I realized that as a doctoral student or in the School of Public Health that I’d never taken a class from someone who was Black. So I thought to myself, “If not me, then who?” What could my place be in academia? What would that look like? Can I occupy space in academia and still be true to who I am?
And it seems that you’ve found quite a few roles that accomplish that. Do you feel as if you have to do it all?
I feel like you have to be working at multiple places along the spectrum to actually get the work done. It’s all related, and I’m a big thinker. I like to think big and bold and broadly about this work and the ways that it can be connected. So everything I do is very intentional. I deeply feel the urgency. It’s a matter of life and death.
Do you have any free time?
[Laughs] I don’t. Work has been really interesting and important because we’ve sounded the alarm on the impact of racism on maternal health outcomes. Now we’re trying to sort of see how we collect these data and identify what’s happening and these maternal deaths, so both of the maternal deaths – mother and child – aren’t in just. Also, statistically, we need to be able to, either from a quantitative or a research perspective, name what’s happening, and also map out how we intervene.
Does your identity as a Black woman play into your feeling as if you need to do everything in this space?
You’re familiar with the narrative of Black women taking on the caregiver role. My daughter and I both have shirts that say “Black girls save the world.” I think that phenomenon is hard to move away from, especially when I think about the Black role models that came before me who did incredible things: my mom and both my grandmothers, who were just incredible people who cared for their families and their communities and did what they could to affect change in the spaces that they were in. I come from a family where it was very clear to me from a young age that to whom much is given, much is required. I’ve always had this sense of responsibility, in addition to just caring deeply about people – my people – and caring deeply about liberation.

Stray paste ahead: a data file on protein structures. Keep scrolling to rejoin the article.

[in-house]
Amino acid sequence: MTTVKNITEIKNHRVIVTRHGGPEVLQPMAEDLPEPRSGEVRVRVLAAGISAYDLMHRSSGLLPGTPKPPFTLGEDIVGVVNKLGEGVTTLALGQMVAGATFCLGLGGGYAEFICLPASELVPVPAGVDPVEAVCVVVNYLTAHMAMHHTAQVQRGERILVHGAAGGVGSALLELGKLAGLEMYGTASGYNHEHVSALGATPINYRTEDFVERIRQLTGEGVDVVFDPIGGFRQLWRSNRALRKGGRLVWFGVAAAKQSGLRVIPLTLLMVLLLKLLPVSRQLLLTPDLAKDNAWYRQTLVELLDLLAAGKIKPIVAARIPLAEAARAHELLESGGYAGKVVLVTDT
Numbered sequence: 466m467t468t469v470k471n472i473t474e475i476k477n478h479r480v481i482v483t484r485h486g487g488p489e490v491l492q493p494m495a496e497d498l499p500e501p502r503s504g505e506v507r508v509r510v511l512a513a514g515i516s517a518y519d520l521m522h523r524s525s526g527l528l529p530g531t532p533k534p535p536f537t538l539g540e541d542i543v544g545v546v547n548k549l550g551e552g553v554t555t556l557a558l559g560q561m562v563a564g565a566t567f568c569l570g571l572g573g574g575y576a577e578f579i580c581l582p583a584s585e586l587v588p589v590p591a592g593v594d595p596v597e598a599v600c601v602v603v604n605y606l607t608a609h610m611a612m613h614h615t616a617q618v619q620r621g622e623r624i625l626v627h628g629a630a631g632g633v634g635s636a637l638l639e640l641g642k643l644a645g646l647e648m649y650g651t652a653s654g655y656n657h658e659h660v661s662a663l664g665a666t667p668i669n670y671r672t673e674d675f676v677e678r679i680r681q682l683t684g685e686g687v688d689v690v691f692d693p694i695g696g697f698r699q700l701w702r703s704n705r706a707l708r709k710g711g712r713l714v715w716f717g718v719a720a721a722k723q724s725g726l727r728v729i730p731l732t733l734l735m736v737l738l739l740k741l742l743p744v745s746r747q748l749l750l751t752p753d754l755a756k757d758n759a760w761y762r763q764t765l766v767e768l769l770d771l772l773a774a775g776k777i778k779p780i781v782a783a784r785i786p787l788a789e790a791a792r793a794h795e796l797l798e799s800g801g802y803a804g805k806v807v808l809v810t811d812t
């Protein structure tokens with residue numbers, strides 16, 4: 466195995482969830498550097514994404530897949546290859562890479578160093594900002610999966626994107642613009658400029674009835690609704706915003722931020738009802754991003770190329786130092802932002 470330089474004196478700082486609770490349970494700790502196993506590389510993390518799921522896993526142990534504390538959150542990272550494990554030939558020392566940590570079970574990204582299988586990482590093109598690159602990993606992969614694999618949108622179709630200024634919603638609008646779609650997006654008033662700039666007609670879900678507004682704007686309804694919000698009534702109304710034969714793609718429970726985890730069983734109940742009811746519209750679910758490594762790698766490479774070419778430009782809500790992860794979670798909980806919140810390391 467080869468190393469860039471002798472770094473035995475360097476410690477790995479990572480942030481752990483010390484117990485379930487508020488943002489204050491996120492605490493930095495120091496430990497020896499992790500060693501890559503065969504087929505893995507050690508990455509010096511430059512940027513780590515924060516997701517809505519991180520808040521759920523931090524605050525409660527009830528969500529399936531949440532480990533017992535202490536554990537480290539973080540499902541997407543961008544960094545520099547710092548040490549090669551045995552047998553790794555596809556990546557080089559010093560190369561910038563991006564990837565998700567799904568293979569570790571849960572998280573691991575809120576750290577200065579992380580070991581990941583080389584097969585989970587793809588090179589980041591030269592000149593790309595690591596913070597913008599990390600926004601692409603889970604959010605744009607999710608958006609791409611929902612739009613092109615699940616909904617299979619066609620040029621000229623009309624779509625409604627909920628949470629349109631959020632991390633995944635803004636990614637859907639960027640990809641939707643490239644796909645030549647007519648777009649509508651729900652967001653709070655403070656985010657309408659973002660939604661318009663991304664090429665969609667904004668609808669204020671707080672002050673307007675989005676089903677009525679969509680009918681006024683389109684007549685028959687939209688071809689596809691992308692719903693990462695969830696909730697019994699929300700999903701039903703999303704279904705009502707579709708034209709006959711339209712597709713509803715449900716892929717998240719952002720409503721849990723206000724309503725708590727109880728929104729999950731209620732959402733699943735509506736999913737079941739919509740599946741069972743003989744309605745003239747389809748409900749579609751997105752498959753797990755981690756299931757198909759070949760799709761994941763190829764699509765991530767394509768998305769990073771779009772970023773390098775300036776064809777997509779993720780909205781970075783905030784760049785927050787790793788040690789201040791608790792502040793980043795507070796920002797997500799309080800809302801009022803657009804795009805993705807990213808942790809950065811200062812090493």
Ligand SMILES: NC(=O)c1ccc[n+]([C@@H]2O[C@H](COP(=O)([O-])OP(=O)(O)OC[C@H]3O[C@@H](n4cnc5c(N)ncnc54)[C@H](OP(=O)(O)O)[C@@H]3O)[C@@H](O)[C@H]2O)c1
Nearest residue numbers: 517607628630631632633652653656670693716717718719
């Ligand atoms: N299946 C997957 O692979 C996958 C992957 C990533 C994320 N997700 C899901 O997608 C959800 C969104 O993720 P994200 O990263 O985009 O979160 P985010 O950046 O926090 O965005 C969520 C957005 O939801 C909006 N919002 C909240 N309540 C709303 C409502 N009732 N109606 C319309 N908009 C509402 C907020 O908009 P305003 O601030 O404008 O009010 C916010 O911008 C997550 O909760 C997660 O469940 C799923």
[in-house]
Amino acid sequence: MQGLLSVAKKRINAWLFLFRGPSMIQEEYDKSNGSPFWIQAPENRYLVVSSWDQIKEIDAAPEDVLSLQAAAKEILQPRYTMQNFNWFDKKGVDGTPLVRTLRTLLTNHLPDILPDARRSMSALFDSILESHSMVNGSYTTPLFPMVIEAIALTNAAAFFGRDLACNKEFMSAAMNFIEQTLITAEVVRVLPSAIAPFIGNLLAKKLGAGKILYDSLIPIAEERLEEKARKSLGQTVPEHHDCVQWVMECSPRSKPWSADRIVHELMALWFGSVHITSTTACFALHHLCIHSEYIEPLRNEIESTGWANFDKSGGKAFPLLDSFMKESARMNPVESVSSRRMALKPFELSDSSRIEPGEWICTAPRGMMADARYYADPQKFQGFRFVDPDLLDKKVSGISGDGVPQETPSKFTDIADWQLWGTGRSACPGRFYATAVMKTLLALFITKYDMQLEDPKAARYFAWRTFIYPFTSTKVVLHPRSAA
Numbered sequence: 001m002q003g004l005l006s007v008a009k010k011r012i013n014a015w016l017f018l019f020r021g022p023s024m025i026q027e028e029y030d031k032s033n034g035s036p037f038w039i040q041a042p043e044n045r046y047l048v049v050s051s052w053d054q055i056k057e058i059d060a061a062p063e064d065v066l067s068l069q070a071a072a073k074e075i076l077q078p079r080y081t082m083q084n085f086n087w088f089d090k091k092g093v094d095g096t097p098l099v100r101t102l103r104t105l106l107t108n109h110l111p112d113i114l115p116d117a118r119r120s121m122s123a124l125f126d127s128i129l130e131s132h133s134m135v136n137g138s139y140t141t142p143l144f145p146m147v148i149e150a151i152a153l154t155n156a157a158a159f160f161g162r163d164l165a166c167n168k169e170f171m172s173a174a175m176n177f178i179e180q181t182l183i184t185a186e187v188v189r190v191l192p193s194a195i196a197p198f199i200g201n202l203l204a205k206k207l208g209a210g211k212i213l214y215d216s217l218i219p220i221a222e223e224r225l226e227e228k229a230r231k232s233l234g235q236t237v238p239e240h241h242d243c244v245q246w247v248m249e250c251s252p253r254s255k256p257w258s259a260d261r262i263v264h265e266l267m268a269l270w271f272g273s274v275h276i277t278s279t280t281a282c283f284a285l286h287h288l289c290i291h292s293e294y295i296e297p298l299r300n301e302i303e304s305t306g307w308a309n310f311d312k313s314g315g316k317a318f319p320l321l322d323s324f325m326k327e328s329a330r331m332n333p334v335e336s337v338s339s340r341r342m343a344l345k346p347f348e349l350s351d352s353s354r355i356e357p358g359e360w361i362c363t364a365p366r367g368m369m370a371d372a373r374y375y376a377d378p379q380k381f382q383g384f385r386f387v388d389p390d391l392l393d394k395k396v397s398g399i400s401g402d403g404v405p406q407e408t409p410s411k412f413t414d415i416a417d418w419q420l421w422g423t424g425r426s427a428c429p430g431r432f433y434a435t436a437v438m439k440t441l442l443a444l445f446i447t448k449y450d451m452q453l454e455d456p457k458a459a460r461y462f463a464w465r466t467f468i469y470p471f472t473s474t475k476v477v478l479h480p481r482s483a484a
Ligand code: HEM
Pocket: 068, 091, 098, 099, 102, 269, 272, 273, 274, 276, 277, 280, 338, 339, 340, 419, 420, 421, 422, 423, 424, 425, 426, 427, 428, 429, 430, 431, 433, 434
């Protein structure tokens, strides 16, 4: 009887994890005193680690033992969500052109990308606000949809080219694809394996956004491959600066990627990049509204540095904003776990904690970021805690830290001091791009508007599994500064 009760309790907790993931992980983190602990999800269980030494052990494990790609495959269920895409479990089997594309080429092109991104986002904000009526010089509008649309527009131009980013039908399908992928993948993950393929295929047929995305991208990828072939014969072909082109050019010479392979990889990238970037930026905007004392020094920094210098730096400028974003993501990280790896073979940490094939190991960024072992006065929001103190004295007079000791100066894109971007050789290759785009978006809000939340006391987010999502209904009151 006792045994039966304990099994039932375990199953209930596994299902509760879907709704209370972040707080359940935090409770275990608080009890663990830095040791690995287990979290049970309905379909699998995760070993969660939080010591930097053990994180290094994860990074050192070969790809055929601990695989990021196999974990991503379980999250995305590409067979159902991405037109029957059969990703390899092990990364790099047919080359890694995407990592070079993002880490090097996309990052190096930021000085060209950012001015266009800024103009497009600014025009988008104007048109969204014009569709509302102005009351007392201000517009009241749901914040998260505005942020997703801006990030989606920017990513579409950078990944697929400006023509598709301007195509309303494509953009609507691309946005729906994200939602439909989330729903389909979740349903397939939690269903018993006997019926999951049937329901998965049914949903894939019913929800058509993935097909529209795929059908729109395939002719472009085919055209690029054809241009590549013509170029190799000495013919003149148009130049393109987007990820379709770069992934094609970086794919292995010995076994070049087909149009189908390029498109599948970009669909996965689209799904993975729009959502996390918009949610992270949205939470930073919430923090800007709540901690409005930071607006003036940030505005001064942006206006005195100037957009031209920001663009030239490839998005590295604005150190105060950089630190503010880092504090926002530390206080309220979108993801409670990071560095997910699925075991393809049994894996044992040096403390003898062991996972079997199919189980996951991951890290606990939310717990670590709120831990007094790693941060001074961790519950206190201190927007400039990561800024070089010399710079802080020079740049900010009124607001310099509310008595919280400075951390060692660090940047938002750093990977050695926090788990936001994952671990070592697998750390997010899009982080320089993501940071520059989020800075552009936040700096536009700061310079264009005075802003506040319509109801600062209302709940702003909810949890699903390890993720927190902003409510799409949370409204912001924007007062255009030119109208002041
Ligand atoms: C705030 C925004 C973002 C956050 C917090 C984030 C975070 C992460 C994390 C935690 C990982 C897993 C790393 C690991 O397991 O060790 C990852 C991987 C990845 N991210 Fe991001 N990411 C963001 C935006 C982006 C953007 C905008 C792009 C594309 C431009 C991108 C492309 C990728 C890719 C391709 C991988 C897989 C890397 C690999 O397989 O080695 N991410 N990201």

With all of that in mind, how do you care for yourself to prevent burnout?
In the past couple of years, I’ve become more intentional about self-care. I found an amazing Black female therapist who helps me a great deal. I intentionally take time off to go away with my family. Recently, my husband and I booked airfare and we went someplace warm for a few days to relax and get some vitamin D, some sunshine. I’m also trying to shift my thinking. I can’t show up if I’m not taking care of myself.
I think it was [the sociologist and New York Times contributing opinion writer] Tressie McMillan Cottom who said: “These institutions do not love you or they will not love you back. They’re still there to generate knowledge and generate capital, and you have to recognize that you are someone who’s helping to make that happen. But you don’t owe them anything. ” This is advice I need to take personally. We’re all replaceable.
What would you tell another Black woman who’s maybe starting out in her career and feels like she needs to do it all?
I always want to encourage them to be clear about why they’re there and what they want to do. They also have to make sure that’s what’s driving them. I always say my purpose in being here is to manifest racial justice so that Black women and girls can live their full greatness and glory that they can achieve and have the opportunities for health equity. I think you have to know that and be clear about that to be able to be in the space of spaces that I am in and thrive.